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I know how to derive the GLS estimator of beta (theoretical GLS), but there a slight change to the question and i am not quite sure how to go about it.

A researcher has reason to believe that the disturbances in the standard model are heteroscedastic, with a threefold block-diagonal structure, such that:

$$Y_i = X_i\beta + U_i, \;\;\ i=1,2,3$$

where $Y_i$ is a $T_i\times 1$ column vector $X_i$ is a $T_i\times K$ regressor matrix and $U_i$ isa $T_i\times 1$ column vector of disturbances. $\beta$ is a $K \times 1$ of population regression coefficients, assumed to be the same for each of the blocks.

Assume that the only departure from the standard assumptions is that:

$$E(U_iU_i') = \sigma^2_iI_{T_i}$$

where $I_{T_i}$ is the identity matrix of order $T_i$ .

My question is simply how to obtain the GLS estimator of $\beta$ assuming that the $\sigma^{2}_{i}$'s are known.

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  • $\begingroup$ It appears you are estimating a system of three equations. In such a case you must specify the relation between the three error terms. $\endgroup$ – Alecos Papadopoulos Nov 27 '14 at 14:24
  • $\begingroup$ Well, in my notes nothing as been specified in regard to the relation between the error terms. I just know that the general expression for GLS estimator of beta which is found by beforehand finding a matrix P. That is Py = PXbeta + Pu Could you tell me more about how you would start with please? $\endgroup$ – user304663 Nov 27 '14 at 15:14
  • $\begingroup$ I will, but in a while. $\endgroup$ – Alecos Papadopoulos Nov 27 '14 at 16:04
  • $\begingroup$ Any chance someone can shed some light on this, or Alecos if you are still there? $\endgroup$ – user304663 Nov 27 '14 at 21:36
  • $\begingroup$ Be patient. I need to get near a keyboard first $\endgroup$ – Alecos Papadopoulos Nov 27 '14 at 22:05
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This is essentially a "groupwise heteroskedastic" model, and it doesn't matter whether the three $Y_i$'s and the three $X_i$'s may contain different random variables (and not just different realizations of the same random variables). All that matters is that
a) The coefficient vector is assumed identical,
b) The regressor matrices have the same column dimension, and
c) The $\mathbf U_1, \mathbf U_2, \mathbf U_3$ are assumed independent.

Then it is business as usual.

To solve it, we stack our data set per equation, i.e. all observations pertaining to $Y_1$ equation first, etc, obtaining a $T\times K$ regressor matrix, $T= T_1+T_2+T_3$. We have the model

$$\mathbf y = \mathbf X\beta + \mathbf u \tag{1}$$

Mind you, we don't really care if each equation has different regressors The model is heteroskedastic, with $T \times T$ conditional covariance matrix

$$E(\mathbf u \mathbf u' \mid \mathbf X)=\mathbf V = \text{diag}(\sigma^2_1,...,\sigma^2_2,...,\sigma^2_3,...) \tag{2}$$ with appropriate sub-dimensions. This matrix is symmetric and positive definite, so, as a general matrix-algebra result, there exists a decomposition

$$\mathbf V^{-1} = \mathbf C'\mathbf C = \text{diag}(1/\sigma^2_1,...,1/\sigma^2_2,...,1/\sigma^2_3,...) \tag{3}$$

which also gives

$$\mathbf V = \mathbf C^{-1} (\mathbf C')^{-1} \tag{4}$$

So in our case $$\mathbf C = \text{diag}(1/\sigma_1,...,1/\sigma_2,...,1/\sigma_3,...) \tag{5}$$

where $\mathbf C$ is non-singular $T \times T$ square matrix. Consider the linear transformation of the model by premultiplication by $\mathbf C$:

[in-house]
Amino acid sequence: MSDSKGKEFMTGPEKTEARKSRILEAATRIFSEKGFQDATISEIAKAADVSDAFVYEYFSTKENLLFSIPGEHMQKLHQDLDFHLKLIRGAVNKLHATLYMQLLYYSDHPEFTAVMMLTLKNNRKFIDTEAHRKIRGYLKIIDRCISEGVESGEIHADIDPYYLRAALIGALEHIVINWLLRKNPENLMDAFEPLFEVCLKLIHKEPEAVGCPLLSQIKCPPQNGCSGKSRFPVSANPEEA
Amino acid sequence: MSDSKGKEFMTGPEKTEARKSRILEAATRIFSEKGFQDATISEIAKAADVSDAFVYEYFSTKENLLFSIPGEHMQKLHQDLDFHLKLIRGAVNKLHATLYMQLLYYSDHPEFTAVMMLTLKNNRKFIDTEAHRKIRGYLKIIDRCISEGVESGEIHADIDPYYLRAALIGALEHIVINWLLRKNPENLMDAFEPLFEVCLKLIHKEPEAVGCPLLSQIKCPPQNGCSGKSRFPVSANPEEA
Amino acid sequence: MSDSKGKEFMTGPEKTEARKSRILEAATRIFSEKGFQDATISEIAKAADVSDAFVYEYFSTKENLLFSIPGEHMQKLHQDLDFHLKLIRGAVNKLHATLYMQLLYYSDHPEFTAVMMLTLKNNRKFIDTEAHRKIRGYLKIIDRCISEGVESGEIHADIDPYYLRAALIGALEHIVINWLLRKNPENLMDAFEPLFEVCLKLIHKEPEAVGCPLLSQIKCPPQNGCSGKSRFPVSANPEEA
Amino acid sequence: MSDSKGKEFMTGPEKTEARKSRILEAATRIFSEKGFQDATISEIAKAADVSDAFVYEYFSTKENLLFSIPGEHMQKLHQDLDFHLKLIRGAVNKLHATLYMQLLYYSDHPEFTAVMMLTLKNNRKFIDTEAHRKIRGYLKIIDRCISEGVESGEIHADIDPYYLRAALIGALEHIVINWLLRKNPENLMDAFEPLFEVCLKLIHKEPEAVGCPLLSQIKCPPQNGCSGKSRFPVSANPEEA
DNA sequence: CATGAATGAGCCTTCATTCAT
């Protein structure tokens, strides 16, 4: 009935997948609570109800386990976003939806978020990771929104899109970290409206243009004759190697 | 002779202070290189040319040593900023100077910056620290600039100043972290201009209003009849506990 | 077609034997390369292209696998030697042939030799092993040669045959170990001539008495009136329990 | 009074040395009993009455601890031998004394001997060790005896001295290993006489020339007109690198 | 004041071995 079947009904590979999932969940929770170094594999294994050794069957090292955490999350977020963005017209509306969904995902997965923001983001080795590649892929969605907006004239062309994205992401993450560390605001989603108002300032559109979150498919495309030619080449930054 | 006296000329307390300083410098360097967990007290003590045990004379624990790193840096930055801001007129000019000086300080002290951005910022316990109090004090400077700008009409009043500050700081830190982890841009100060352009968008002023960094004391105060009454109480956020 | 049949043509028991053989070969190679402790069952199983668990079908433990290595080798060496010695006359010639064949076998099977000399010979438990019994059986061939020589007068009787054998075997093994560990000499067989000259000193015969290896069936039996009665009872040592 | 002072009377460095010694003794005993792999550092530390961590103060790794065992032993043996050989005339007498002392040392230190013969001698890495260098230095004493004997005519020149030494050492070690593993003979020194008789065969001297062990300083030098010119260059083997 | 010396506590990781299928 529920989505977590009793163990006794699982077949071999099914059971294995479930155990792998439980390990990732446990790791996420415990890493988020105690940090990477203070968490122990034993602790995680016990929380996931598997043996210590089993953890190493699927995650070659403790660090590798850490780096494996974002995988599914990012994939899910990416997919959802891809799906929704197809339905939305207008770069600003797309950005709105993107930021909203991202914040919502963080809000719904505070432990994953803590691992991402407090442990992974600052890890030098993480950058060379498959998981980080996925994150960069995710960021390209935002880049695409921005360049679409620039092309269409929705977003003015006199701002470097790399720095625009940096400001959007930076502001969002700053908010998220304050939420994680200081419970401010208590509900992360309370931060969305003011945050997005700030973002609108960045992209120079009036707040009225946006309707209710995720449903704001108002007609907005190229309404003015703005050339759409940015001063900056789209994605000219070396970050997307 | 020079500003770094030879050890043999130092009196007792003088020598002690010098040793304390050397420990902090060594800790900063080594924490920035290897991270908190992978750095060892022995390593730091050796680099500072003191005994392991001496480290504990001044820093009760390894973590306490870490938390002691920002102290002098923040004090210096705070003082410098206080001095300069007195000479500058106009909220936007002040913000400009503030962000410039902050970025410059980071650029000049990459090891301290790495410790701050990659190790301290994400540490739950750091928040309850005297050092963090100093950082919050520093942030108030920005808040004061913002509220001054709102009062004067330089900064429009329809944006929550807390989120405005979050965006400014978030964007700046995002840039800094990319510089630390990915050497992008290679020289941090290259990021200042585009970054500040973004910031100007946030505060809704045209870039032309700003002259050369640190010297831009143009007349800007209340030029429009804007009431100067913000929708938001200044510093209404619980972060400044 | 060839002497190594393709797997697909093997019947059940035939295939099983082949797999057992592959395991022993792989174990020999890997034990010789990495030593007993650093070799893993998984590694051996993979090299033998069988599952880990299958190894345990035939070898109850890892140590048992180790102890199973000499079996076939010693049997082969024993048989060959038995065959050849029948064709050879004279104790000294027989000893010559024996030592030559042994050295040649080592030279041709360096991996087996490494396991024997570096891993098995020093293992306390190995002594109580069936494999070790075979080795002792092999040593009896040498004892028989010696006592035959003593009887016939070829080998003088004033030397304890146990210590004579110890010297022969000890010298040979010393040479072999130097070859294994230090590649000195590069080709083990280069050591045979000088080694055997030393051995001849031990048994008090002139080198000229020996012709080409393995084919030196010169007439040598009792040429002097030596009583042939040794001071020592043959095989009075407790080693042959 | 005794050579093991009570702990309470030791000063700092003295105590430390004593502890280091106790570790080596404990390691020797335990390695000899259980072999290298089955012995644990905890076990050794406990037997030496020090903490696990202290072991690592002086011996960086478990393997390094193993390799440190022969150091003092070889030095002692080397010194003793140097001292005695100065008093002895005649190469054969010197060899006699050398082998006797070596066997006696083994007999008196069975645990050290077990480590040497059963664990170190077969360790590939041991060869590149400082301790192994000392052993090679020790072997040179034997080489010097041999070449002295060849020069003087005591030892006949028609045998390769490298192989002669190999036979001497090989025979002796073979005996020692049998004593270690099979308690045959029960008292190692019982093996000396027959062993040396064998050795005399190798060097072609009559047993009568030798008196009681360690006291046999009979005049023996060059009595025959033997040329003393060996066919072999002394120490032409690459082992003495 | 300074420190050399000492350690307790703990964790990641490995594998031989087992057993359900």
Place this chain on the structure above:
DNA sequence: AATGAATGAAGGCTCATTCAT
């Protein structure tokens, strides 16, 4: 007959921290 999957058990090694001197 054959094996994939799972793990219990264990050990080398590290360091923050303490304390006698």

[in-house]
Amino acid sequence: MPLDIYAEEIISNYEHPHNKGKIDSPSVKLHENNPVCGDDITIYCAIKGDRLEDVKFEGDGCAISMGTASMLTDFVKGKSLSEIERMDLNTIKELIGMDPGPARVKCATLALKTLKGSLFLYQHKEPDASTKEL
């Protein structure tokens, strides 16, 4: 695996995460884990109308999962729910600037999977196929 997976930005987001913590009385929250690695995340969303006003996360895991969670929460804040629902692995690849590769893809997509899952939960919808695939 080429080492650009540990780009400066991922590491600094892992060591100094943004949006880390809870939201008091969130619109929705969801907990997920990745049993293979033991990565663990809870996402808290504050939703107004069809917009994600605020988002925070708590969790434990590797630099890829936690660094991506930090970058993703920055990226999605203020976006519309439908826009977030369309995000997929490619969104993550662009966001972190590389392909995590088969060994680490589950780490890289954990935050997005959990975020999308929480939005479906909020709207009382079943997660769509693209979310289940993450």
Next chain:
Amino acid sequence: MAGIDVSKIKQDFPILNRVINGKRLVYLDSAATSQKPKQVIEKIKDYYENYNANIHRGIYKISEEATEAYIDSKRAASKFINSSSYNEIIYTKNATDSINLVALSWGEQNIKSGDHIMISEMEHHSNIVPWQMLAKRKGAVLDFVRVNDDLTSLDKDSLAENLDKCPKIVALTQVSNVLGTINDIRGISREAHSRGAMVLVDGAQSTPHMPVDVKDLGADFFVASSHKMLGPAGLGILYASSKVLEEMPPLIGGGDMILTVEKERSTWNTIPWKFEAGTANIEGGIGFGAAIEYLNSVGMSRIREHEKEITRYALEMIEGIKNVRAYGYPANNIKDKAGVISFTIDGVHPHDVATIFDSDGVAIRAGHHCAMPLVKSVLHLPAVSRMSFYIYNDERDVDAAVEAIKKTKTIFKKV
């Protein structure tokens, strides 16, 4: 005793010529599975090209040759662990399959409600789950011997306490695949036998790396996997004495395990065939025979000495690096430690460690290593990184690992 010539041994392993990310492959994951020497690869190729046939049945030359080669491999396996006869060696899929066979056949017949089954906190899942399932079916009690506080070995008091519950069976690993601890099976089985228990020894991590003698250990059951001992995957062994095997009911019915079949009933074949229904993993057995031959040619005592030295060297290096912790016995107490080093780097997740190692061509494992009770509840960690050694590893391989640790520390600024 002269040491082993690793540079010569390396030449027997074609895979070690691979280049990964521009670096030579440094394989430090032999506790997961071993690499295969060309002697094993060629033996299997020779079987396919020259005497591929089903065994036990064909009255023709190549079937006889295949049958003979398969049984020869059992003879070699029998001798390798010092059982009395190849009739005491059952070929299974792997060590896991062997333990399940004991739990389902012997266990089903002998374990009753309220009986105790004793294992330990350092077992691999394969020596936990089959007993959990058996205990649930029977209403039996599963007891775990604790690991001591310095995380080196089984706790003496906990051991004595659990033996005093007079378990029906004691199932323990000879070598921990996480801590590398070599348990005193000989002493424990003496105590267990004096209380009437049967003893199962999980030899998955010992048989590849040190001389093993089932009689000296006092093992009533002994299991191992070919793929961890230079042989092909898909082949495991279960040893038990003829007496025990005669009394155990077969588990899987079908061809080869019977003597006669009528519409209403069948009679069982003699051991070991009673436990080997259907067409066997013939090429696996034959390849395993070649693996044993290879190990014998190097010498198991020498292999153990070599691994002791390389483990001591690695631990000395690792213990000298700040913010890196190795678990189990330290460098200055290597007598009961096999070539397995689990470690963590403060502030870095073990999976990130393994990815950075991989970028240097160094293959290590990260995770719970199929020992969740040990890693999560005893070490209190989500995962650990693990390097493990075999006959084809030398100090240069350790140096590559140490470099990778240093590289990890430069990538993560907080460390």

$$\mathbf {\tilde y} = \mathbf C \mathbf y, \;\; \mathbf {\tilde X}= \mathbf C \mathbf X,\;\; \mathbf {\tilde u}= \mathbf C \mathbf u$$

This transformation makes the error term conditionally homoskedastic, since

$$E[\mathbf {\tilde u}\mathbf {\tilde u}'\mid \mathbf X] = \mathbf C E(\mathbf u\mathbf u'\mid \mathbf X) \mathbf C' = \mathbf C \mathbf V \mathbf C' = \mathbf C \mathbf C^{-1} (\mathbf C')^{-1} \mathbf C' = \mathbf I_T$$

and one can verify that all other properties of the linear regression model are satisfied. So running OLS on the transformed model is optimal (in the usual sense). We will obtain

$$\hat \beta^{(tr)}_{OLS} = \left(\mathbf {\tilde X}'\mathbf {\tilde X}\right)^{-1}\mathbf {\tilde X}'\mathbf {\tilde y} = \left(\mathbf X'\mathbf C' \mathbf C\mathbf X\right)^{-1}\mathbf X' \mathbf C' \mathbf C\mathbf y = \left(\mathbf X'\mathbf V^{-1}\mathbf X\right)^{-1}\mathbf X'\mathbf V^{-1}\mathbf y $$

But this is equivalent to run GLS on the un-transformed model,

$$\beta_{GLS} = \left(\mathbf X'\mathbf V^{-1}\mathbf X\right)^{-1}\mathbf X'\mathbf V^{-1}\mathbf y $$

and its conditional variance is easy to derive as

$$\text{Var}\left[\hat \beta_{GLS}\right] = \left(\mathbf X'\mathbf V^{-1}\mathbf X\right)^{-1}$$

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  • $\begingroup$ Thank you Alecos for your working. Yes indeed i did not realize that having several regressors doesn't differ from the general case. However i think i have spotted a typo here if i may: very last line you said : $\text{Var}\left[\hat \beta_{GLS}\right] = \left(\mathbf X'\mathbf V^{-1}\mathbf X\right)^{-1}$ but i think it is $\text{Var}\left[\hat \beta_{GLS}\right] = \sigma^{2}\left(\mathbf X'\mathbf V^{-1}\mathbf X\right)^{-1}$ isn't it? And also, i assume that for the feasible GLS estimator of $\beta$ using a 2-step procedure, the threefold block-diagonal structure does not change anything do $\endgroup$ – user304663 Nov 28 '14 at 13:51
  • $\begingroup$ No, because there is no single $\sigma^2$ in the model. $\endgroup$ – Alecos Papadopoulos Nov 28 '14 at 20:11
  • $\begingroup$ Yes i know sorry about that but the formulaes wouldn't show up properly when i tried to post in comments for some reason.. $\endgroup$ – user304663 Nov 30 '14 at 15:17

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